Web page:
hit me with a haiku
I’m tiptoeing into a new project. And because I haven’t added anything to the draft in two days, I’m experiencing that panicked sensation of “what if the words don’t come today?”
What if I fail? What if today’s the day I’m exposed as the imposter I am?
Well, those feelings are exactly why I must get to work in order to disrupt that fear and show it to the door. To quote (in translation) Gabriel García Márquez:
“Necessity has the face of a dog.”
I must do what needs to be done. But, don’t worry, Emma. I’m fairly confident neither of us will be harmed during the writing of those words.
Rorschach inkblot test
still, what do you see
I find myself without literary representation after nearly five years working with my former agent. We parted ways in August because her list has changed and she no longer feels well-connected with children’s lit editors and publishers. She worked very hard on behalf of me and my stories, but now I’m agentless. That’s the bad news. The good news is that I have a brand-new, shiny middle grade manuscript ready to query other agents. Unfortunately, the querying process often requires the inclusion of a one-page synopsis of the entire work.
Have you ever tried distilling a 48,000-word novel down to 500 words? It ain’t easy.
However, a writer friend reminded me of Susan Dennard’s 2012 post on the Pub(lishing) Crawl site: How to Write a 1-Page Synopsis so I’m using that format. Still, it’s not fun and I keep finding other stuff to do instead. Such as writing this blog post which is basically me complaining about how I’d really rather not have to write a synopsis! And searching for a fun goat photo to make me smile!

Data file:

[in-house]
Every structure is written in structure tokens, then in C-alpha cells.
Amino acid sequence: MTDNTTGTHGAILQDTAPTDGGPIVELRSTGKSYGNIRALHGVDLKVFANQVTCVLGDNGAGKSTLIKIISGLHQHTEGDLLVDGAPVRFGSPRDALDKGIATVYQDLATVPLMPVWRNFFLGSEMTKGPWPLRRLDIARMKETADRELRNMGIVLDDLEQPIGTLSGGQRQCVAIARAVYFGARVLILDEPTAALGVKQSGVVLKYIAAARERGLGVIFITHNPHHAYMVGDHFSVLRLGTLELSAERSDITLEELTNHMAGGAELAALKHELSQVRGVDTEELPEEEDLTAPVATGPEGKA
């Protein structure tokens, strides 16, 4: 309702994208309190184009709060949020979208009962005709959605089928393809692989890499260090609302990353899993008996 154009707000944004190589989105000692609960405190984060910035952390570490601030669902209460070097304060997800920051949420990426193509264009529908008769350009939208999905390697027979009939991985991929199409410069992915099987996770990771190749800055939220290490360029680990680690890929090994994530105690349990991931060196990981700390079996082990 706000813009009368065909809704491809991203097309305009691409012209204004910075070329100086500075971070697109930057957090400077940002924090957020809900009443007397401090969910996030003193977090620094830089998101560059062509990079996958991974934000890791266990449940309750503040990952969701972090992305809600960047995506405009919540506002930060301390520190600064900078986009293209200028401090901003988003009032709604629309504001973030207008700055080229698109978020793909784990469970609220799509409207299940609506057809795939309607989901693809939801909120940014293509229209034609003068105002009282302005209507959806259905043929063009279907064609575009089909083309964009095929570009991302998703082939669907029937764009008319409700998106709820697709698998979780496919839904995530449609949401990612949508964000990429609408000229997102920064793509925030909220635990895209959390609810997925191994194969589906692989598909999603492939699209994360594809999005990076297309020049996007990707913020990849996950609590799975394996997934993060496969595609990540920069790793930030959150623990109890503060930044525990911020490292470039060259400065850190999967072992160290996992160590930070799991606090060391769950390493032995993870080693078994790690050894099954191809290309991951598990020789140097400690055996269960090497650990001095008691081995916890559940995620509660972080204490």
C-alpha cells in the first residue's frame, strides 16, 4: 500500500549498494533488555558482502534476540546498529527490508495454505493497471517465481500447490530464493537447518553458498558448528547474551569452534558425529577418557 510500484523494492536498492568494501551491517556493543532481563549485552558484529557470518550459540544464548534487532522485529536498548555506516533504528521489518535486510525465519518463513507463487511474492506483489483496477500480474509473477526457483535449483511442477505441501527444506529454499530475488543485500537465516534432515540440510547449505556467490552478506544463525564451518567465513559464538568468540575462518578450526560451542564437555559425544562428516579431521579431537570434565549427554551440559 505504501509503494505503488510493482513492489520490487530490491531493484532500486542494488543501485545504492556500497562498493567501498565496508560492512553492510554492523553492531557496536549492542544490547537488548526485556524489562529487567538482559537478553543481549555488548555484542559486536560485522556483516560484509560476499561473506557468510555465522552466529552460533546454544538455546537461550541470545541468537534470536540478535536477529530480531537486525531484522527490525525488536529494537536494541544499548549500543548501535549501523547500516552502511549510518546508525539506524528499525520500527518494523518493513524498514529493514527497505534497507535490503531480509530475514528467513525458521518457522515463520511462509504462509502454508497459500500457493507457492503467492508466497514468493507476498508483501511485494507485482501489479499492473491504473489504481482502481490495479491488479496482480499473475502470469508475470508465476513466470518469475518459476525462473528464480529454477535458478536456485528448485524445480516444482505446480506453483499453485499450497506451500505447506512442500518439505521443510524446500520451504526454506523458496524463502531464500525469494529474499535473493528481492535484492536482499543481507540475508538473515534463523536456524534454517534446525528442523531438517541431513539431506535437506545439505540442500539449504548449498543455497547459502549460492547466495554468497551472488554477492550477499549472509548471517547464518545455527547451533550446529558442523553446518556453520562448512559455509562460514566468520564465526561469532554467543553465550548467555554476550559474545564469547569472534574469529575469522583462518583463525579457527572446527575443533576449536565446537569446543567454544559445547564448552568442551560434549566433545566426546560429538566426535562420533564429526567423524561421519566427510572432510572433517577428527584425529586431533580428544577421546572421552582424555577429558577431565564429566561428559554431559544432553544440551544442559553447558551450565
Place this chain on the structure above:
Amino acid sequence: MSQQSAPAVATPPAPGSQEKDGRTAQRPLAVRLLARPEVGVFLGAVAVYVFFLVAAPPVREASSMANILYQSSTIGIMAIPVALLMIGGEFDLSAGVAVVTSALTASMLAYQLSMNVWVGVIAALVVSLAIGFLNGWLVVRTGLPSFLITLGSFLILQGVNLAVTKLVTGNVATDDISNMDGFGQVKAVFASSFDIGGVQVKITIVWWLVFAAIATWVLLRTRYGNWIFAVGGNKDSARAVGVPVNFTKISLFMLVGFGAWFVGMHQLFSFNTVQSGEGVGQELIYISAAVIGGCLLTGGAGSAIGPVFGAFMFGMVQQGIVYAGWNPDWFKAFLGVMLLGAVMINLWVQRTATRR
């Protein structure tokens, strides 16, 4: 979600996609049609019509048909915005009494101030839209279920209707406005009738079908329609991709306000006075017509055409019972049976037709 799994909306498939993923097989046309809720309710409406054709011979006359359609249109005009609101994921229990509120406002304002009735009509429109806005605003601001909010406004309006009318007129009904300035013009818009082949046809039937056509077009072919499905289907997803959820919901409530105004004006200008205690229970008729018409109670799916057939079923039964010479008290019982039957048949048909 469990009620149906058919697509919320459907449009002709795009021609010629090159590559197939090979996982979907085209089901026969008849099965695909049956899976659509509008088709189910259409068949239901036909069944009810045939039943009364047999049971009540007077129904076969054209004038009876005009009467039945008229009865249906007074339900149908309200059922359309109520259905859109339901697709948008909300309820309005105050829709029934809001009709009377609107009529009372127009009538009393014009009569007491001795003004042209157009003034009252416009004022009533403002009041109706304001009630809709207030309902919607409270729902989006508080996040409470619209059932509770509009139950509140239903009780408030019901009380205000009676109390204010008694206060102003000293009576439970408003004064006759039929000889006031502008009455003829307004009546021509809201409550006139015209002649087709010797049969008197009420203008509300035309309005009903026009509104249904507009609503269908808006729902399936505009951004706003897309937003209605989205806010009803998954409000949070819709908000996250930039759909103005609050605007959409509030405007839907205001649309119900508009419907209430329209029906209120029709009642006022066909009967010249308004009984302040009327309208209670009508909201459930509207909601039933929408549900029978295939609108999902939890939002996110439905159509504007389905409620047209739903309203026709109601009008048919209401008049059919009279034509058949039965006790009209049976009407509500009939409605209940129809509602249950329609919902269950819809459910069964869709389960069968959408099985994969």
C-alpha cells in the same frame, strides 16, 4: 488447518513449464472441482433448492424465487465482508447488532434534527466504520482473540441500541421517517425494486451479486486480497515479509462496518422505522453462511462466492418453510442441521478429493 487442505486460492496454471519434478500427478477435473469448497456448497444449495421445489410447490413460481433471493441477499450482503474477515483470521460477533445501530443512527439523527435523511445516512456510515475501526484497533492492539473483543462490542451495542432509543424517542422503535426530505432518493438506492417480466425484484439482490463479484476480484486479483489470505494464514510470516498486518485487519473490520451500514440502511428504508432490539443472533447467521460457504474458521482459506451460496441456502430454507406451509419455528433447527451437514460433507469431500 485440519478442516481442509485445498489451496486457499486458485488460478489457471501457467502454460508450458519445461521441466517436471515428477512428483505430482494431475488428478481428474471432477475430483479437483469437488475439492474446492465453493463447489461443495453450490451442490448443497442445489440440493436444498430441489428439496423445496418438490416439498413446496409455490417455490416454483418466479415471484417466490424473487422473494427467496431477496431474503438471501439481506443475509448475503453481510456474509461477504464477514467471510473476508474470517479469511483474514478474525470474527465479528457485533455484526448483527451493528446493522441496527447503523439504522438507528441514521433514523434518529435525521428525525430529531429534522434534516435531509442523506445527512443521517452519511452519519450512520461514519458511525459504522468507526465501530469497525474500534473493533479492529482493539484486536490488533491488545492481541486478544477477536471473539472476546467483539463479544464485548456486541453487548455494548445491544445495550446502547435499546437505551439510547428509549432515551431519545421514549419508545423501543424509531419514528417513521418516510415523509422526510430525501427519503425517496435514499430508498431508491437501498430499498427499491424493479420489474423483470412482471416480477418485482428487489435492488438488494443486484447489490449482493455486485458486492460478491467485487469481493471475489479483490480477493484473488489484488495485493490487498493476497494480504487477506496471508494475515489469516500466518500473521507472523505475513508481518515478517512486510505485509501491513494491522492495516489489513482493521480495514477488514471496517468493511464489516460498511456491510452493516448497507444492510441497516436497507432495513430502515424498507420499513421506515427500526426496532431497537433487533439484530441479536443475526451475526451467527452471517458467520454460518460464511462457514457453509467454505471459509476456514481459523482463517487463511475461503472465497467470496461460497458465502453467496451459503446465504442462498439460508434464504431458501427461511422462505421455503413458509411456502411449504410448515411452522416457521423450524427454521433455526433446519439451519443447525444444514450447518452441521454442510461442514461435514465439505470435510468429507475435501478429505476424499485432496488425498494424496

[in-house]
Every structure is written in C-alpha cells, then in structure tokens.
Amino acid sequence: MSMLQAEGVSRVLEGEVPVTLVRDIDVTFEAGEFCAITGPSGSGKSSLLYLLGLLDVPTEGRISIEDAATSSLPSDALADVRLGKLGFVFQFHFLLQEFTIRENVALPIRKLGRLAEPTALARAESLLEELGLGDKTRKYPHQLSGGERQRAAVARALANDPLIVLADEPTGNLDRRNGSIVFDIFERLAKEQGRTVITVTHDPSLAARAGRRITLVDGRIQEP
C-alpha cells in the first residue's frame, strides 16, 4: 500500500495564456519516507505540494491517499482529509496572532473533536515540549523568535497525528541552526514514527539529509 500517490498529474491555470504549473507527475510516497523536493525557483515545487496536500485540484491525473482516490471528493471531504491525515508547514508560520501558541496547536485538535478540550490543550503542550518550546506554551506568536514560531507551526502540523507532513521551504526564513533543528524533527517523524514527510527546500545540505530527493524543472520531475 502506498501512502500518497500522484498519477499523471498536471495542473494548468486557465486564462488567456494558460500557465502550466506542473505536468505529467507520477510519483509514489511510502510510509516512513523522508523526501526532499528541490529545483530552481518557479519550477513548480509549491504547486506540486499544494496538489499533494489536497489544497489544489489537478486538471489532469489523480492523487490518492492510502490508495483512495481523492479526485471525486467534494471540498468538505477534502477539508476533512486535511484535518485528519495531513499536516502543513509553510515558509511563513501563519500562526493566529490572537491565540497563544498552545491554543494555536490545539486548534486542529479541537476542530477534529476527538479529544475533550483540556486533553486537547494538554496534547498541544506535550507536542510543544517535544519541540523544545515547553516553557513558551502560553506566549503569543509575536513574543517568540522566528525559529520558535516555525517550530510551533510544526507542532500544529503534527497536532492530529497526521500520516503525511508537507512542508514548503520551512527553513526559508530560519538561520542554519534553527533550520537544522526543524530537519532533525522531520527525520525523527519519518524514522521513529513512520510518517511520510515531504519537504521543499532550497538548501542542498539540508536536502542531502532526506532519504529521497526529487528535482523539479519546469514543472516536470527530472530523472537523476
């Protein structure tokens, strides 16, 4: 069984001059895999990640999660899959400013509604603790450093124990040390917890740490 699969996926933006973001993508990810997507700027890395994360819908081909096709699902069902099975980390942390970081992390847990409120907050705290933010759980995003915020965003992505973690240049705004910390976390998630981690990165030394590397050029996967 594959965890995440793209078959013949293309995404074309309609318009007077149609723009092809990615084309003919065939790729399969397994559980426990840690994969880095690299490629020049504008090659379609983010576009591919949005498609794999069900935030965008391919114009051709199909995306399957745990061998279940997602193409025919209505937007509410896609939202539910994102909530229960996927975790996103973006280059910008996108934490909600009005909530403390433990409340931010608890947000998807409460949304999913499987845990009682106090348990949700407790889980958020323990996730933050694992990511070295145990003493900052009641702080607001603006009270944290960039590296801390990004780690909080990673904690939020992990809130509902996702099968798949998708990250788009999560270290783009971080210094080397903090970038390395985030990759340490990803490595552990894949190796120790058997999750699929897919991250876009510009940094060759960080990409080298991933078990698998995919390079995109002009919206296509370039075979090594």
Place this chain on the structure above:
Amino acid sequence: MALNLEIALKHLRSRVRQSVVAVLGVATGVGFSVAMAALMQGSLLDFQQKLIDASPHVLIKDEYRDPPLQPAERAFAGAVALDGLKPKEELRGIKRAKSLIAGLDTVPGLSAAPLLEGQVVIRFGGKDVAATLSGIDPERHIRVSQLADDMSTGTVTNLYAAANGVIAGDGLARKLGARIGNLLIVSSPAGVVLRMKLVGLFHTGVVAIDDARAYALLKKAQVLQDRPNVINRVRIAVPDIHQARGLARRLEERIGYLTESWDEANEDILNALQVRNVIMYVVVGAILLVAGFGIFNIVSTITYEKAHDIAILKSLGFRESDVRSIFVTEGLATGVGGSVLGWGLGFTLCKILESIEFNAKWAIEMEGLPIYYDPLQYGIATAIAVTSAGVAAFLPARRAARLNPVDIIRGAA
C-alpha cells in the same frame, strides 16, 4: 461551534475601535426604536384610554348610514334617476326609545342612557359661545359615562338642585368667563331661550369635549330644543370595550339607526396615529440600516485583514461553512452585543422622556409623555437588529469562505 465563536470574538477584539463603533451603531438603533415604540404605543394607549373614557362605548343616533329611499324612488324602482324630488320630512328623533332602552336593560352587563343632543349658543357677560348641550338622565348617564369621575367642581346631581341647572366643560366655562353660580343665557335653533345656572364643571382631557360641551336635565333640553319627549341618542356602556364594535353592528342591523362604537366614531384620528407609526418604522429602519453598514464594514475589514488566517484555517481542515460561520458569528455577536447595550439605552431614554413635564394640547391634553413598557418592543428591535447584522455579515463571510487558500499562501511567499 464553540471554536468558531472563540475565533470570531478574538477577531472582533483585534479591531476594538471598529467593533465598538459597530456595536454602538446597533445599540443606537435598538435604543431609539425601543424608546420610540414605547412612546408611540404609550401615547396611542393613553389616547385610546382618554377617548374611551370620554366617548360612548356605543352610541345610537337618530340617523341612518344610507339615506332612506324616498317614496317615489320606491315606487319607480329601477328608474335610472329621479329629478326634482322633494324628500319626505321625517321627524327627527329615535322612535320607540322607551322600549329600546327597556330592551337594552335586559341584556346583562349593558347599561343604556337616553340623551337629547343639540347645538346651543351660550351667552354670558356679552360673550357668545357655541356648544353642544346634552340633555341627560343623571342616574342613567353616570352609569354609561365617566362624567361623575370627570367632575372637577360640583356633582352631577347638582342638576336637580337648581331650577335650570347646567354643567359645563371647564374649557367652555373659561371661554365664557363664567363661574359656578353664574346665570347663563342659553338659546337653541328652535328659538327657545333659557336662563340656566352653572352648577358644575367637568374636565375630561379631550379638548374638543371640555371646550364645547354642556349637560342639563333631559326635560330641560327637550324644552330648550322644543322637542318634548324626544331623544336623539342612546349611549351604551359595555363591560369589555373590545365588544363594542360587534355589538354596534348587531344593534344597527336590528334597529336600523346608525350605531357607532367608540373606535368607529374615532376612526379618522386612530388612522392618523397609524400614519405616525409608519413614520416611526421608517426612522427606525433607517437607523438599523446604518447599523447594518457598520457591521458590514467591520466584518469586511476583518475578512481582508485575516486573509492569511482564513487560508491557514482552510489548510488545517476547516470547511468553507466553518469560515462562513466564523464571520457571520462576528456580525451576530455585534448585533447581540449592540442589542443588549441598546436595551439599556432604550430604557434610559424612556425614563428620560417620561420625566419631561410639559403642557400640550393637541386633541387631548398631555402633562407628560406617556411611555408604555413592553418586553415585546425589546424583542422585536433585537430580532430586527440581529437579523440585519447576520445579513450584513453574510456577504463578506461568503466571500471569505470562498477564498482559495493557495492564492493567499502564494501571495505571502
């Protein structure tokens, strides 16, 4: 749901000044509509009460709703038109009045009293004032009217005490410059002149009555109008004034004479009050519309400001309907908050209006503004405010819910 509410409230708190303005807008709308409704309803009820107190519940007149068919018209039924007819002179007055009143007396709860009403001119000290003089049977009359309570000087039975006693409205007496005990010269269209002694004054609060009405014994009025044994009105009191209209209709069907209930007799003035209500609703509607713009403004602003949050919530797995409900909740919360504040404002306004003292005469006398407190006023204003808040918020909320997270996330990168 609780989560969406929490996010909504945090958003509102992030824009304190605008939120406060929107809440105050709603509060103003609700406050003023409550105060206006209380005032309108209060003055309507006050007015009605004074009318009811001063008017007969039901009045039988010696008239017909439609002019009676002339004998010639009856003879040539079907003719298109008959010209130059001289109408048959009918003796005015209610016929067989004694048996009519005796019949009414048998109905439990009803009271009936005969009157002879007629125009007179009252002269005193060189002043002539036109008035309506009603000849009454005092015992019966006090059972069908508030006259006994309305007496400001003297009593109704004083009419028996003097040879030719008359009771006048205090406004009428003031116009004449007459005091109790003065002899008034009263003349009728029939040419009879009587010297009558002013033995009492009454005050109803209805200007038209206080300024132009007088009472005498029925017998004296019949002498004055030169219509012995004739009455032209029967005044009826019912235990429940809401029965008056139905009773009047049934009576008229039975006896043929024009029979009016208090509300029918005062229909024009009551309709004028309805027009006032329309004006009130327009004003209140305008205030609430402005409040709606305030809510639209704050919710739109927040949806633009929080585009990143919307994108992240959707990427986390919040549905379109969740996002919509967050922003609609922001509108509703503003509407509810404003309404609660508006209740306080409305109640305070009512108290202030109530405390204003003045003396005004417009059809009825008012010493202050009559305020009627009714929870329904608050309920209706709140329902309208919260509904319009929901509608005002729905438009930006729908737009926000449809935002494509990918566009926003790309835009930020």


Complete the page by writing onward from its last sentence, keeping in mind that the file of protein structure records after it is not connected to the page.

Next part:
So, aside from announcing I share the near-universal dislike for writing a synopsis, what’s my confession here? Well, it’s that I keep learning and relearning how different my writing brain is from many other writers. I don’t think in Three Acts or even Beginning, Middle, and End. I write more on an instinctual level. That’s fine, but it also means it takes me longer to pinpoint my novel’s Plot Points and the story’s Midpoint (which doesn’t refer to whatever happens on the exact middle page of the manuscript). No doubt I’ll figure it out as soon as I stop procrastinating. After all, I’ve written synopses before and can do it again. Still, it’s kinda a bummer to realize after all this time that it’s still a struggle to write the darn things.
Plants and animals
earth water and sky
One amber moment
May the views bring joy
on this day and for always
birthday love for you
Earth mover at rest
initial assault over
flora fighting back
no orange no longer here
these trees marked for life
wild gift from turkey
Years ago, I used to begin each day writing three pages in longhand, per Julia Cameron’s “Morning Pages.” It was stream of consciousness writing done via a fountain pen and legal pad that usually morphed from scribblings about my life to the plot and characters of the novel (my very first) I was working on. I loved that ritual and don’t remember why I stopped in the early 2000s. But because I struggle to throw out “documentation” of my life (in large part because my parents saved very few items from my childhood), I stored those years of legal pads in a filing cabinet in our basement where they remained until today when I took an empty cardboard box into the storage room and began emptying the contents of that file drawer.